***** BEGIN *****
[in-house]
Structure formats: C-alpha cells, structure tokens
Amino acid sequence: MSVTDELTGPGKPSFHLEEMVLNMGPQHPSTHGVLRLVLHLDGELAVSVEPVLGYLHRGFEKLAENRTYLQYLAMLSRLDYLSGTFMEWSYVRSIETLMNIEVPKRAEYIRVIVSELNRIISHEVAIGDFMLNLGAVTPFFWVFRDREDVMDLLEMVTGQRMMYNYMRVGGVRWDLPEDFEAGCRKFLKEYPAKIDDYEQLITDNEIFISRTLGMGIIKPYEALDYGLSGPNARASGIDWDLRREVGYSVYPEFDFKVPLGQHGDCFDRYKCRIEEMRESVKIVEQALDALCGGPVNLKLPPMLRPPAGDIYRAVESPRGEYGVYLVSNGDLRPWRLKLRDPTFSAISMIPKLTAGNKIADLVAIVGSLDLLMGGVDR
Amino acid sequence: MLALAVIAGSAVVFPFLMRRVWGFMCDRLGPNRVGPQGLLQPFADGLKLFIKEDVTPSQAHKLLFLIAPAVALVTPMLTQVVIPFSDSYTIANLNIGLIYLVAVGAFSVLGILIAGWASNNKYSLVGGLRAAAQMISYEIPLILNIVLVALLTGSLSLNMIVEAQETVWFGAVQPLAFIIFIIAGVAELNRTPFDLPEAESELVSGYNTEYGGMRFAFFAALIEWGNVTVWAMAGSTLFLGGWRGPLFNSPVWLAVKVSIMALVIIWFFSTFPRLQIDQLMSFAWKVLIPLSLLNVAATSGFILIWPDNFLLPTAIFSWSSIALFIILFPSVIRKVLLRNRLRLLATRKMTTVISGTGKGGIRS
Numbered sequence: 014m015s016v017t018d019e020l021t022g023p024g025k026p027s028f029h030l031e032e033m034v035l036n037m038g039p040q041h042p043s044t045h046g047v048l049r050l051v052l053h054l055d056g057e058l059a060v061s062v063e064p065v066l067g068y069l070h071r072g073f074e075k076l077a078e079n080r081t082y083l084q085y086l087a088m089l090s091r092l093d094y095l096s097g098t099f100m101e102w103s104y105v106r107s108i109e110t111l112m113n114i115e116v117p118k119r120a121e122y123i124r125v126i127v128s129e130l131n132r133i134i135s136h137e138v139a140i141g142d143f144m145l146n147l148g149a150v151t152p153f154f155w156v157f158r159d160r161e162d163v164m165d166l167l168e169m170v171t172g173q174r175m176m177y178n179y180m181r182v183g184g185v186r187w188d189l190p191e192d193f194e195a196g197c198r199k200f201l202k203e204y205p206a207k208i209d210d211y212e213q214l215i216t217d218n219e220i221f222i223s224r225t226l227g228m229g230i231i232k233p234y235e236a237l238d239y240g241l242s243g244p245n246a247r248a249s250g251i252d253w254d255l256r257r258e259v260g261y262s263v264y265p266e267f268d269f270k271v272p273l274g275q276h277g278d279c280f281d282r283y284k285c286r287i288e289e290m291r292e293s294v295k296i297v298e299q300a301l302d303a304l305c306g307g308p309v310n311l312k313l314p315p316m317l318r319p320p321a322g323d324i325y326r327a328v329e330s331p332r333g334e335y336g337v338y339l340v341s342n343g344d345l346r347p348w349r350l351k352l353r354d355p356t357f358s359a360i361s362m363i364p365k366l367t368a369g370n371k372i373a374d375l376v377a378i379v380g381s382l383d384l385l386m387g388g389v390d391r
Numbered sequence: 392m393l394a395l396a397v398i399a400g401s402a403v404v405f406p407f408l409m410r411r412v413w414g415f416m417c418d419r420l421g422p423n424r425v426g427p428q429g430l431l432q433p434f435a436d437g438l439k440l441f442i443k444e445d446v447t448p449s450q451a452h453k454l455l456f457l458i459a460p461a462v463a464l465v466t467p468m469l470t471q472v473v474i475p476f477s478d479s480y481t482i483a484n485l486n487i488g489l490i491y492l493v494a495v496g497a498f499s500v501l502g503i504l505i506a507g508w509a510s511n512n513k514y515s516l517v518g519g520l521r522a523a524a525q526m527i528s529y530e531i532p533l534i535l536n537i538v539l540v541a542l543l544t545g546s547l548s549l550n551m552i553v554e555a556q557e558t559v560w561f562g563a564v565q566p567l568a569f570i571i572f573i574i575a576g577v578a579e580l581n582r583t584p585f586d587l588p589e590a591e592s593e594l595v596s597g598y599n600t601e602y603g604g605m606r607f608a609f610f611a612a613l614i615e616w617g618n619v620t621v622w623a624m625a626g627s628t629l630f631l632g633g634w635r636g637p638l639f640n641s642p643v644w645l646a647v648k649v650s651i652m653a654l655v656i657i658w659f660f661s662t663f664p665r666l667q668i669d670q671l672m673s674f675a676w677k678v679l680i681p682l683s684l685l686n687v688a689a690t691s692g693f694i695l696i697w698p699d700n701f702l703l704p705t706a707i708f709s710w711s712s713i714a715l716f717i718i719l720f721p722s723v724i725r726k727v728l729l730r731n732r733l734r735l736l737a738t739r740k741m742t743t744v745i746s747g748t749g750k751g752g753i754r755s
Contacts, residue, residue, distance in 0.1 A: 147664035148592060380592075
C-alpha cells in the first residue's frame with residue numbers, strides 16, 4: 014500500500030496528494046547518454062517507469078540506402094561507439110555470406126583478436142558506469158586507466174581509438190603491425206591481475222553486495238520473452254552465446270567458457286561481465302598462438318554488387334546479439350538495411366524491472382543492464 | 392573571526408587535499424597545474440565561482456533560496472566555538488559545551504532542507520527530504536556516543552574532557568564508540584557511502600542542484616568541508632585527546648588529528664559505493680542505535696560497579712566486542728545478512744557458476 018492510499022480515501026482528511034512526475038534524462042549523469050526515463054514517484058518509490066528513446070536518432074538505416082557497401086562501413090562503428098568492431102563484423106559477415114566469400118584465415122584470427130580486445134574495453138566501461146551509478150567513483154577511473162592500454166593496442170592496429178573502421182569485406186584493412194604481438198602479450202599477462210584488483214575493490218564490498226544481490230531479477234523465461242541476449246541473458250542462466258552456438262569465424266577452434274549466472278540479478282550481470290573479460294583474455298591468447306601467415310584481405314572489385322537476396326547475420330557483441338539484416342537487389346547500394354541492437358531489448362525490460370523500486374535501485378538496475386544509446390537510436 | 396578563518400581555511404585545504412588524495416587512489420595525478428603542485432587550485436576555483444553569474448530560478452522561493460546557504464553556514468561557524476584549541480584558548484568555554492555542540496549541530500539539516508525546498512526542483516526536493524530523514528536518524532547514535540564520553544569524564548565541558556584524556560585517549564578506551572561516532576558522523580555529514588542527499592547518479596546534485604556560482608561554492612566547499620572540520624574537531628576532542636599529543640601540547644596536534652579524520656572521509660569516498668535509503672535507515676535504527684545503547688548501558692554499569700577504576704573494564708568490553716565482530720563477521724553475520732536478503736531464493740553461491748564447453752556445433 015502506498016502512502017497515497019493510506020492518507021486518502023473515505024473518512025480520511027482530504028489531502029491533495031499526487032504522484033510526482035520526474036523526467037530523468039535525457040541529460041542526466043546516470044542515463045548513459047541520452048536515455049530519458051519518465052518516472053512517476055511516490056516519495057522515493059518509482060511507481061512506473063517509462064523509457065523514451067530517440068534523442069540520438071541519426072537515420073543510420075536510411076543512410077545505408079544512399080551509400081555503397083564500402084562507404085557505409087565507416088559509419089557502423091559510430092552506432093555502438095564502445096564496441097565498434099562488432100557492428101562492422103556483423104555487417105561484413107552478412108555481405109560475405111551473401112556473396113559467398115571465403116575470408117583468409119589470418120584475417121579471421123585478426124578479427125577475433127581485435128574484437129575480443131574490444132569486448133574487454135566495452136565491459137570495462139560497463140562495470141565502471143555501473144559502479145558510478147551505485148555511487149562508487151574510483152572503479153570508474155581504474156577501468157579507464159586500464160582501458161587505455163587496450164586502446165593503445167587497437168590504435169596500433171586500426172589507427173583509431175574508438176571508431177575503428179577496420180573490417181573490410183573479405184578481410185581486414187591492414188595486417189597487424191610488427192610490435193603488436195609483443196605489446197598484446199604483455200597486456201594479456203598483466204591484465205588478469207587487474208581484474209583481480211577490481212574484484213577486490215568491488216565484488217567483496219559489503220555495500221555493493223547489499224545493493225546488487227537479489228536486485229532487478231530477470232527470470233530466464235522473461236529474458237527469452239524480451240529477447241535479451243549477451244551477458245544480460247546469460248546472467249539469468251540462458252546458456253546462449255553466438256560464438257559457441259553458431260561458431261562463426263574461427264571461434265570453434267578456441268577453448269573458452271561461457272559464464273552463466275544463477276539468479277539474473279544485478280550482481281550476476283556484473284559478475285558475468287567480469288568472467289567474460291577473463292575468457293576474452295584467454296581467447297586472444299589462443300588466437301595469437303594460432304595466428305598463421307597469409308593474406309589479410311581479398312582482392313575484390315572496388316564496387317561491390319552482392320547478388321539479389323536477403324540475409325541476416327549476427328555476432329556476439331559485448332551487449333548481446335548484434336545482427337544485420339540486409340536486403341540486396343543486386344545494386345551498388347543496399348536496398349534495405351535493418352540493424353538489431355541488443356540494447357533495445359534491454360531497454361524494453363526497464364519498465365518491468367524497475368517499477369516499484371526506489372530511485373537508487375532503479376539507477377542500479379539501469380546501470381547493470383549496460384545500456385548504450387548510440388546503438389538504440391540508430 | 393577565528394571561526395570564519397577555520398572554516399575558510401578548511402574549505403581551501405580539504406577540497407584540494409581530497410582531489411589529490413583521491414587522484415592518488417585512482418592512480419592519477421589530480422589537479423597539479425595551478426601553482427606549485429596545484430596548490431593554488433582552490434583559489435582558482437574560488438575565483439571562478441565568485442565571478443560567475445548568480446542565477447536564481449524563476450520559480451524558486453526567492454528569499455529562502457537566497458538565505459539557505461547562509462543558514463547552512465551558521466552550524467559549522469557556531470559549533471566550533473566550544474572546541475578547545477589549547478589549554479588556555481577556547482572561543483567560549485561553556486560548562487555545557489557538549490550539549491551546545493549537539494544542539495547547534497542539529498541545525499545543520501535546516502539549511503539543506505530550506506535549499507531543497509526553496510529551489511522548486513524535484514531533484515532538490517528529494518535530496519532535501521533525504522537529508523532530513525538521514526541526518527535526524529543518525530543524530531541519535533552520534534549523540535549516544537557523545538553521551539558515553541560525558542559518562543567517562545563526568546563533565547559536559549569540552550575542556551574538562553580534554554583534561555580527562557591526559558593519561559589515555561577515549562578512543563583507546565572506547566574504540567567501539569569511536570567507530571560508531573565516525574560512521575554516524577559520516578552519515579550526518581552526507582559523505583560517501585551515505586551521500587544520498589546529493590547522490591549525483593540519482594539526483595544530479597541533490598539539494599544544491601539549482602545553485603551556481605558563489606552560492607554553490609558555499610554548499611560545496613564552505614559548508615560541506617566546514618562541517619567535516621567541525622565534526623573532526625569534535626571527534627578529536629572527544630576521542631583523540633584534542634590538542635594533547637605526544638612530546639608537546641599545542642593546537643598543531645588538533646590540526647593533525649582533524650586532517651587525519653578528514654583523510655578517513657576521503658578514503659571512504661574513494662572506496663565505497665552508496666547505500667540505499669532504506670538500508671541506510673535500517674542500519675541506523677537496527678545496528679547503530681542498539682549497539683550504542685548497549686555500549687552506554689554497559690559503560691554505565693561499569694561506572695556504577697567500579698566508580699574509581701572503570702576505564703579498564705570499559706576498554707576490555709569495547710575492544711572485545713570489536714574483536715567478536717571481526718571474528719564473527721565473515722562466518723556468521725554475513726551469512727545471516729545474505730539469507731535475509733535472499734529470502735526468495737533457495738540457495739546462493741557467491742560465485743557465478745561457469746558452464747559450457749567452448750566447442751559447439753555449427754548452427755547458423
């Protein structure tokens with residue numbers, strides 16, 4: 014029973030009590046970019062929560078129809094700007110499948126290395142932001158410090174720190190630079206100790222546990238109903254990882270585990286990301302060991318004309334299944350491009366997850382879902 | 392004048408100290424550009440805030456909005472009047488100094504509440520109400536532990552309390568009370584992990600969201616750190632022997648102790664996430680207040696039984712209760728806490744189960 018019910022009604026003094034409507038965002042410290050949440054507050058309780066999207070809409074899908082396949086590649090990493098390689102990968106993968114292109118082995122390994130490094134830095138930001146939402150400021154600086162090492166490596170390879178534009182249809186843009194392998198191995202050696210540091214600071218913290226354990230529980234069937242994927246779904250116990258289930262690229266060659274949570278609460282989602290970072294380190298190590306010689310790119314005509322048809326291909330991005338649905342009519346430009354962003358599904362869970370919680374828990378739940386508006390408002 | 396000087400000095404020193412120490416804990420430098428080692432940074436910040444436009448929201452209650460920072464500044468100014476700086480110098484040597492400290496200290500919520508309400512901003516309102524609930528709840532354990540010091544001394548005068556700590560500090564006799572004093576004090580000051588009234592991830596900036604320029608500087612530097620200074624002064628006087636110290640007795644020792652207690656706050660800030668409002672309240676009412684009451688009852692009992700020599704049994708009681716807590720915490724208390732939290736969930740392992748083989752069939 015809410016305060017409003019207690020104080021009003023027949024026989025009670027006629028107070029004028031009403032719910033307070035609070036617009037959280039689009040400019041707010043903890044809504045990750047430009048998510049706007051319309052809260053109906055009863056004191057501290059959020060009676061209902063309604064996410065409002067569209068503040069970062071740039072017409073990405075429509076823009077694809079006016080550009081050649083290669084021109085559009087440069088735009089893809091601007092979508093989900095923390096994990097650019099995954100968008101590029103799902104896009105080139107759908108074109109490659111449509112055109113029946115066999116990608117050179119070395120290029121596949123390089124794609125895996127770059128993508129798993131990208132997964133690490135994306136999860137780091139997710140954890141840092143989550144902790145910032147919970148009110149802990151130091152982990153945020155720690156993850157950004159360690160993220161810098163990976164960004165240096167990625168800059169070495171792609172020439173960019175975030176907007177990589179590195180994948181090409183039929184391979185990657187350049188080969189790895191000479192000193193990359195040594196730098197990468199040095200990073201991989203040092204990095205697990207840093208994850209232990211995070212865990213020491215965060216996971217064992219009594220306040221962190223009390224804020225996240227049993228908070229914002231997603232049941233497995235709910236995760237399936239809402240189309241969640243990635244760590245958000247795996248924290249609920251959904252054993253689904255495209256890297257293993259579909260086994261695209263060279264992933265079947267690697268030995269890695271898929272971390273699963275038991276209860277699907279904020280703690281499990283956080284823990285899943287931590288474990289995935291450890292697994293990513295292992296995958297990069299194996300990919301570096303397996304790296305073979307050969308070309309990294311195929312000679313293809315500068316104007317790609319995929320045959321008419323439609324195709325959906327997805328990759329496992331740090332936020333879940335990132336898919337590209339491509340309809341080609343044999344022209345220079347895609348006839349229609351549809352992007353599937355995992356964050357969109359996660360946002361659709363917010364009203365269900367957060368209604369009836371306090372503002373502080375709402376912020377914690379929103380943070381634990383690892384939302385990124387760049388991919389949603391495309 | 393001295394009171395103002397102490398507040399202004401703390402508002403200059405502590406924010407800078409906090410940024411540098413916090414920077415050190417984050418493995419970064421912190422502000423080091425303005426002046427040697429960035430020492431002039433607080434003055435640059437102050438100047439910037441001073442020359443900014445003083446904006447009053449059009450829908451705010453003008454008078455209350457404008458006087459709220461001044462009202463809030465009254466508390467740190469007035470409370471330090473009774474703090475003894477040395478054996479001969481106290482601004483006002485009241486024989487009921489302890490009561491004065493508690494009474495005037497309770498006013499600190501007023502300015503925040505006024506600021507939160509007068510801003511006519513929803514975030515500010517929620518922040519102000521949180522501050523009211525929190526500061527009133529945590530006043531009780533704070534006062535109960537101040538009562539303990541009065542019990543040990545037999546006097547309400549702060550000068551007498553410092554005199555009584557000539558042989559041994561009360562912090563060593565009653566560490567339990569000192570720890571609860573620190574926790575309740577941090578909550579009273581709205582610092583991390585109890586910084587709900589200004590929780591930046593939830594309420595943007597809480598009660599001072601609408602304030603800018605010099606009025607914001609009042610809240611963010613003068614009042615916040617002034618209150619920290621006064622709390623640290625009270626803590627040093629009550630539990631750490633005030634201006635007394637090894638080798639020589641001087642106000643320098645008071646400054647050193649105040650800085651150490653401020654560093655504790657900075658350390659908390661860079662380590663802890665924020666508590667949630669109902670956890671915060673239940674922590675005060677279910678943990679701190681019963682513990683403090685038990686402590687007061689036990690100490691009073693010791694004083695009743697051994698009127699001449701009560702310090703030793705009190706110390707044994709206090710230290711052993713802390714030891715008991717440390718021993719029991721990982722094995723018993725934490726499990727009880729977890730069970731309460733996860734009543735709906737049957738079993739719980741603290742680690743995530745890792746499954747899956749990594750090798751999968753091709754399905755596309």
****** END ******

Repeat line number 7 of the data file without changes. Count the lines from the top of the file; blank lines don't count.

Contacts, residue, residue, distance in 0.1 A: 147664035148592060380592075